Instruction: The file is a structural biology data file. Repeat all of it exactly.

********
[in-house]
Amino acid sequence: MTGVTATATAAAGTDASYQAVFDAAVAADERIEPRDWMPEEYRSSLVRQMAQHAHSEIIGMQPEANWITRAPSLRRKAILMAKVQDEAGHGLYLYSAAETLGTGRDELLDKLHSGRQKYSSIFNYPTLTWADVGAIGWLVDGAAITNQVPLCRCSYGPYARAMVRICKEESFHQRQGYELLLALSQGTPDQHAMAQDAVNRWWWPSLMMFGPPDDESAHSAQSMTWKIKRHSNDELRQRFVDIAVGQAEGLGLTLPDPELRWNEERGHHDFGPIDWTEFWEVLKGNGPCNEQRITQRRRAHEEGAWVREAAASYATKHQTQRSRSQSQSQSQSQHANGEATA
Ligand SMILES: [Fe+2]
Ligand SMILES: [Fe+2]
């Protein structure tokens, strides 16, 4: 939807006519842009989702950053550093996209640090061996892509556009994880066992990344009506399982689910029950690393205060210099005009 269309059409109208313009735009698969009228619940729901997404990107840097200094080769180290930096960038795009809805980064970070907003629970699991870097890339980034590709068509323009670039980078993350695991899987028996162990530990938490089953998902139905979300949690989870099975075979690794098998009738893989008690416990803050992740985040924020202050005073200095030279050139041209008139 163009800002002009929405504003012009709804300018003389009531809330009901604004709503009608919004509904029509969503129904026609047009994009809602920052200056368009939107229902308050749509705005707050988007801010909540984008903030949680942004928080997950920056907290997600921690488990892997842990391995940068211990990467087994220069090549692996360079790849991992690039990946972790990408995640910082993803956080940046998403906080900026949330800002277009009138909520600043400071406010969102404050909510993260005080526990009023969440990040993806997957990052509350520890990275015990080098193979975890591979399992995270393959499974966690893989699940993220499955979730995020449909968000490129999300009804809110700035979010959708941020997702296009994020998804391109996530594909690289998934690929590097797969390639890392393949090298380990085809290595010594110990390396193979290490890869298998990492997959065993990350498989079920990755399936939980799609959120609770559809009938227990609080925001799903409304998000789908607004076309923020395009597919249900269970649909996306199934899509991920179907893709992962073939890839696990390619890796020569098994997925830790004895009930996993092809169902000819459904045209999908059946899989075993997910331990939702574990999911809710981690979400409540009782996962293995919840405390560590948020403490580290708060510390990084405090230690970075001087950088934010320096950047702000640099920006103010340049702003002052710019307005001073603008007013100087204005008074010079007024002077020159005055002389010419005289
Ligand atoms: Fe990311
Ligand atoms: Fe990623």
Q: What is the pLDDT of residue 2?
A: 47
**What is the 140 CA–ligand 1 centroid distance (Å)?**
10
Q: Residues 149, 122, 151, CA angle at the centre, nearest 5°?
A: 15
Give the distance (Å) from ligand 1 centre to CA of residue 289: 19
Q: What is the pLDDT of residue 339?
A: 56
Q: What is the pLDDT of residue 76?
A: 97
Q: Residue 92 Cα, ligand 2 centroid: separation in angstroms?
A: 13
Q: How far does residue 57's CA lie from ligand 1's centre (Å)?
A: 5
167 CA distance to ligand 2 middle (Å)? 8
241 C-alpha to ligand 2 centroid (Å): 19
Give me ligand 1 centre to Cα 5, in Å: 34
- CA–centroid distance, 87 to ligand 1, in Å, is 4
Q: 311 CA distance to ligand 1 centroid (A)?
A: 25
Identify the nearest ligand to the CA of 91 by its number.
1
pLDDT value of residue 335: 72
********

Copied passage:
[in-house]
Amino acid sequence: MTGVTATATAAAGTDASYQAVFDAAVAADERIEPRDWMPEEYRSSLVRQMAQHAHSEIIGMQPEANWITRAPSLRRKAILMAKVQDEAGHGLYLYSAAETLGTGRDELLDKLHSGRQKYSSIFNYPTLTWADVGAIGWLVDGAAITNQVPLCRCSYGPYARAMVRICKEESFHQRQGYELLLALSQGTPDQHAMAQDAVNRWWWPSLMMFGPPDDESAHSAQSMTWKIKRHSNDELRQRFVDIAVGQAEGLGLTLPDPELRWNEERGHHDFGPIDWTEFWEVLKGNGPCNEQRITQRRRAHEEGAWVREAAASYATKHQTQRSRSQSQSQSQSQHANGEATA
Ligand SMILES: [Fe+2]
Ligand SMILES: [Fe+2]
């Protein structure tokens, strides 16, 4: 939807006519842009989702950053550093996209640090061996892509556009994880066992990344009506399982689910029950690393205060210099005009 269309059409109208313009735009698969009228619940729901997404990107840097200094080769180290930096960038795009809805980064970070907003629970699991870097890339980034590709068509323009670039980078993350695991899987028996162990530990938490089953998902139905979300949690989870099975075979690794098998009738893989008690416990803050992740985040924020202050005073200095030279050139041209008139 163009800002002009929405504003012009709804300018003389009531809330009901604004709503009608919004509904029509969503129904026609047009994009809602920052200056368009939107229902308050749509705005707050988007801010909540984008903030949680942004928080997950920056907290997600921690488990892997842990391995940068211990990467087994220069090549692996360079790849991992690039990946972790990408995640910082993803956080940046998403906080900026949330800002277009009138909520600043400071406010969102404050909510993260005080526990009023969440990040993806997957990052509350520890990275015990080098193979975890591979399992995270393959499974966690893989699940993220499955979730995020449909968000490129999300009804809110700035979010959708941020997702296009994020998804391109996530594909690289998934690929590097797969390639890392393949090298380990085809290595010594110990390396193979290490890869298998990492997959065993990350498989079920990755399936939980799609959120609770559809009938227990609080925001799903409304998000789908607004076309923020395009597919249900269970649909996306199934899509991920179907893709992962073939890839696990390619890796020569098994997925830790004895009930996993092809169902000819459904045209999908059946899989075993997910331990939702574990999911809710981690979400409540009782996962293995919840405390560590948020403490580290708060510390990084405090230690970075001087950088934010320096950047702000640099920006103010340049702003002052710019307005001073603008007013100087204005008074010079007024002077020159005055002389010419005289
Ligand atoms: Fe990311
Ligand atoms: Fe990623």
Q: What is the pLDDT of residue 2?
A: 47
**What is the 140 CA–ligand 1 centroid distance (Å)?**
10
Q: Residues 149, 122, 151, CA angle at the centre, nearest 5°?
A: 15
Give the distance (Å) from ligand 1 centre to CA of residue 289: 19
Q: What is the pLDDT of residue 339?
A: 56
Q: What is the pLDDT of residue 76?
A: 97
Q: Residue 92 Cα, ligand 2 centroid: separation in angstroms?
A: 13
Q: How far does residue 57's CA lie from ligand 1's centre (Å)?
A: 5
167 CA distance to ligand 2 middle (Å)? 8
241 C-alpha to ligand 2 centroid (Å): 19
Give me ligand 1 centre to Cα 5, in Å: 34
- CA–centroid distance, 87 to ligand 1, in Å, is 4
Q: 311 CA distance to ligand 1 centroid (A)?
A: 25
Identify the nearest ligand to the CA of 91 by its number.
1
pLDDT value of residue 335: 72